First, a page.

Did I mention that she's a genius? Yep. She teaches herself how to read by going to the library, and even learns maths on her own. So, by the time she starts school, she's already ahead of the other kids. And that's when Miss Honey takes notice of her brilliance.

But Headmistress Trunchbull won't hear of it. She's a tough meanie who hates kids and constantly insults and abuses them. Everyone is scared of the beast of a woman.

She didn't count on Matilda, though...

Like I said above, this book is something special. Not only is it funny and an interesting story I was totally into, but I adored Matilda. She's so cute and in spite of her terrible parents, she's smart and kind and thoughtful. A wonderful character to read about.

And she loves reading!

I seriously LOVED every minute of this book.

Of course I knew I would, Roald Dahl was an amazing storyteller who could spin excellent stories featuring some truly vile characters, but always balanced them out with terrific ones you find yourself cheering on. And there's always just a hint of magic that enhances the plot.

Plus it was super fun and features some cool Matilda pranks. 😄

The illustrations throughout the book are so simple, but perfect in every way. They really enhance the book and remind me of the Dahl books I read when I was kid.


Sunday 16 June 2019

Random Reading Thoughts

Hey, how are you today?

It's been a while since I posted anything, so I thought I might talk about the recent change in my reading habits.

For the first time in years, I don't have any ARCs or review books left on my TBR pile.

This might not sound like a big thing but for the last ten years, I've been reviewing books for several publishers. And because of that, I kept pushing review books to the top of my TBR pile.

Getting the chance to read books before they're released is an amazing opportunity and I loved doing it. The downside is that all my other books took a backseat. I mean, there's only so many hours in the day. 😵

Being a HUGE reader and a bibliophile means that I buy books all the time. A LOT OF BOOKS. From online stores, bookstores, Kindle store, Kobo store and a variety of thrift stores. And I buy them because I want to read them, but I kept running out of time.

Now, I find myself in a strange--yet freeing--place. I can finally read whatever I want, whenever I want. And I've been taking full advantage of this. I'm digging back into my Paperwhite and starting to go through my many thrift store finds. And it's GREAT!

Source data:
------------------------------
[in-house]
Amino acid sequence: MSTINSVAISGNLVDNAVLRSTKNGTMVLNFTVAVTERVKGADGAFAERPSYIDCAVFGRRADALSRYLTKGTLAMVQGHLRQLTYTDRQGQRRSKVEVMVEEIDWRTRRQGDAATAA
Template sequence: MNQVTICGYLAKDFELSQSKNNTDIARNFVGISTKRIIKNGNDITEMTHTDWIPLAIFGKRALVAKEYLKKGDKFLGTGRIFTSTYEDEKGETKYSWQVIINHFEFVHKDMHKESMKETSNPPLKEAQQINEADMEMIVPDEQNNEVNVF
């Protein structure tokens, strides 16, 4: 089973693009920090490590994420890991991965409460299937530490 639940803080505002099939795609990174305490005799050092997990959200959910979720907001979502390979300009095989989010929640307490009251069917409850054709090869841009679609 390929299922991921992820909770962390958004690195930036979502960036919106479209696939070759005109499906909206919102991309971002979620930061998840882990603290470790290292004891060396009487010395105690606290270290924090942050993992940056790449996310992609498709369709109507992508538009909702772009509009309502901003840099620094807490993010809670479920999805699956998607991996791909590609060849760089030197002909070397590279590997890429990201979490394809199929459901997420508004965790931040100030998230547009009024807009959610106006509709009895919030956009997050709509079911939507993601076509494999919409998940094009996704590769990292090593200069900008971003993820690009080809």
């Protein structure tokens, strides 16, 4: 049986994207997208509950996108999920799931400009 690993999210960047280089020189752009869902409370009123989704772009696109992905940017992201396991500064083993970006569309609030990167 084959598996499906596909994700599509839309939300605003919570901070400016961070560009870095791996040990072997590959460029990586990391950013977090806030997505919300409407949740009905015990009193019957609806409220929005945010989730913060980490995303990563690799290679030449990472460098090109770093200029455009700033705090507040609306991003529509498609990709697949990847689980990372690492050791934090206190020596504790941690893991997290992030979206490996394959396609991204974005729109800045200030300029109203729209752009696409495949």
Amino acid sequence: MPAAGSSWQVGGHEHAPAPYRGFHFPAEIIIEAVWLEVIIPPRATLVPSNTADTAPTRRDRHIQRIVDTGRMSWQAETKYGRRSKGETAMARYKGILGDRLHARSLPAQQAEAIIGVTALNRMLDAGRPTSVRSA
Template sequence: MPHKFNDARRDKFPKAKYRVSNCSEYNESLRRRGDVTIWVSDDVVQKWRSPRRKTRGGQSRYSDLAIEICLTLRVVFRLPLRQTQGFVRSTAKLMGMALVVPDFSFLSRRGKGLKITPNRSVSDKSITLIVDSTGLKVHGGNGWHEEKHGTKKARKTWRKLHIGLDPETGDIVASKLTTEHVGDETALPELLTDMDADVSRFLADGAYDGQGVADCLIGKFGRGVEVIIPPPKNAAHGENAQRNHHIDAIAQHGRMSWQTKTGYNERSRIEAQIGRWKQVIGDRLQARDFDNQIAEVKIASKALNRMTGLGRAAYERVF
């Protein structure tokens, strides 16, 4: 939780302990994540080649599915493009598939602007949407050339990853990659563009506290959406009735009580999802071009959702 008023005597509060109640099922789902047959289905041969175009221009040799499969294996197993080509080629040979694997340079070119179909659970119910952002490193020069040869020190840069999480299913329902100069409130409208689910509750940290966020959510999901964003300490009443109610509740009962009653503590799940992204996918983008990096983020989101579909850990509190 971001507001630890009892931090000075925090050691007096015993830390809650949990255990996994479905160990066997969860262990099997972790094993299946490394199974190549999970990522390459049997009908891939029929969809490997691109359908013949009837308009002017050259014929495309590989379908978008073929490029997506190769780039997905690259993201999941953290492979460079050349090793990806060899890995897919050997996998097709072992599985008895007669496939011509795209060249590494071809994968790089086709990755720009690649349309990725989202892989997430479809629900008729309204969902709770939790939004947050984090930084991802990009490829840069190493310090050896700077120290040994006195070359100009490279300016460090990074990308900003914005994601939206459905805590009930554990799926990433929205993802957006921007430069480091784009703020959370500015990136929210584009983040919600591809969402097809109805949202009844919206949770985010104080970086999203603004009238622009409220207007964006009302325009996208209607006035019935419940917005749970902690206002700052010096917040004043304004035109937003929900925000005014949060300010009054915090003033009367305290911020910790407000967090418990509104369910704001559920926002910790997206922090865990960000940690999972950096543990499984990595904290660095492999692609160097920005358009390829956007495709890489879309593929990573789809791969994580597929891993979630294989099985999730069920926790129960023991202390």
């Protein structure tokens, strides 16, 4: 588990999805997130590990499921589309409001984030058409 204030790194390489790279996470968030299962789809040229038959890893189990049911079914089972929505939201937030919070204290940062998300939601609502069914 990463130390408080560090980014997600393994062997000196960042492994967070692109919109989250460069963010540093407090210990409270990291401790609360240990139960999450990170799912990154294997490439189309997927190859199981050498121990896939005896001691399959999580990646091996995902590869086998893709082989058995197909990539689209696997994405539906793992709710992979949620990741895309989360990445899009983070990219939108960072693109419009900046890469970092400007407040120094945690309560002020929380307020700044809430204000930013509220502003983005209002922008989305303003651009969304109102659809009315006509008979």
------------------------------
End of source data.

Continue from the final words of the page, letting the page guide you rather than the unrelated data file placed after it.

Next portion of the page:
Another unexpected thing is that I'm also more relaxed about when I read. As well as not feeling as bad about DNFing books. 

Maybe now I'll also get the chance to catch up on my fave series and finish off the ones that are complete.

BUT, don't get me wrong. This doesn't mean I won't review books for authors and publishers in the future. Of course I will. It just means that I won't be as swamped as I was before.

Happy reading! 😁📚

Thursday 13 June 2019

MONEY SHOT by Christa Faust

Money Shot
My rating: 5 of 5 stars

This is a book I've had my eye on for a while, so I was really excited when it was included in the Hard Case Crime Humble Bundle.

Angel Dare is a former porn star with an attitude and a self-critical eye. She also runs her own agency, taking care of younger girls in the industry. The day one of her oldest friends asks her to make one last movie with the hottest male adult star at the moment, she reluctantly agrees.

But when she gets to the location, Angel finds herself in a bad situation. One that nearly gets her killed, and forces her to become a fugitive...

Wow. This book really kicks you where it hurts. It's raw and gritty, violent and fast. It's also full of awful untrustworthy characters with vile intentions.

Angel is not one of those. I loved her attitude! Enjoyed the hell out of spending time with her as she goes from almost-dead to determined to get revenge, before becoming a total kick-ass vigilante.

The way she presents the hardcore and often ugly world of adult entertainment is interesting. When she finds herself falling down the disgusting world of sex trafficking and slaves, things get uncomfortable. The deeper she digs while trying to find out who tried to kill her and why, the darker things get.

And that's another awesome thing I liked about this story. Angel wants revenge, and when she gets the chance she doesn't back down. She doesn't chicken out, follows through with her plan and is quite creative with her actions.

Faust's writing style was very cool. Angel's voice is clear, intriguing and provided such a riveting story that when I got to the end, I wanted there to be more.

This is a great action-packed book that at times made me feel dirty and appalled, but kept me glued all the way through. It's too bad about Malloy, I liked him because he was handy.

I really need to read the next one.

Wednesday 5 June 2019

DOGGEM by John F Leonard

Doggem: A Tale of Toy Dogs and Dark Deeds
My rating: 5 of 5 stars

A few months ago I read a very creepy short story written by this author, so I was looking forward to checking this one out too.

Doggem is the class toy. A stuffed dog that gets passed around the class so the teacher can assess the kids in her class, as well as the parent involvement.

When George gets to take Doggem home for the holidays, his parents don't seem to care. They're too wrapped up in the visit they're planning to Grandma's house. And when they get there, something awful looms in the woods around the cottage...

That was such a great story!

I have to admit, when I first started reading, I wasn't sure if I was going to like it because the main character was wandering all over the place. But, of course he would--he's a toy!

Anyway, it didn't take long for me to get sucked into the story because Doggem's voice became virtually impossible to shake. The story he witnesses while in the care of George was quite unexpected. Wow! Didn't expect it to go there. Didn't think this toy would experience something so... dark.

Trust me, I'm not just talking about the end to George's family drama, I'm also talking about where Doggem ends up. It's almost like two endings in one story, which totally fits because the plushie is like a fly on the wall watching everything unfold.

Yep. I really enjoyed this! And it also reminded me of the time my daughter actually did this at school. A strange experiment, but one that seems to work. LOL.

This is a shortie worth reading.

Tuesday 4 June 2019


Picnic at Hanging Rock
My rating: 5 of 5 stars

Joan Lindsay's Picnic at Hanging Rock is an Australian classic I've wanted to read for ages. After watching the TV show last year and picking up three different editions of the book, I decided it was time to FINALLY read this beauty.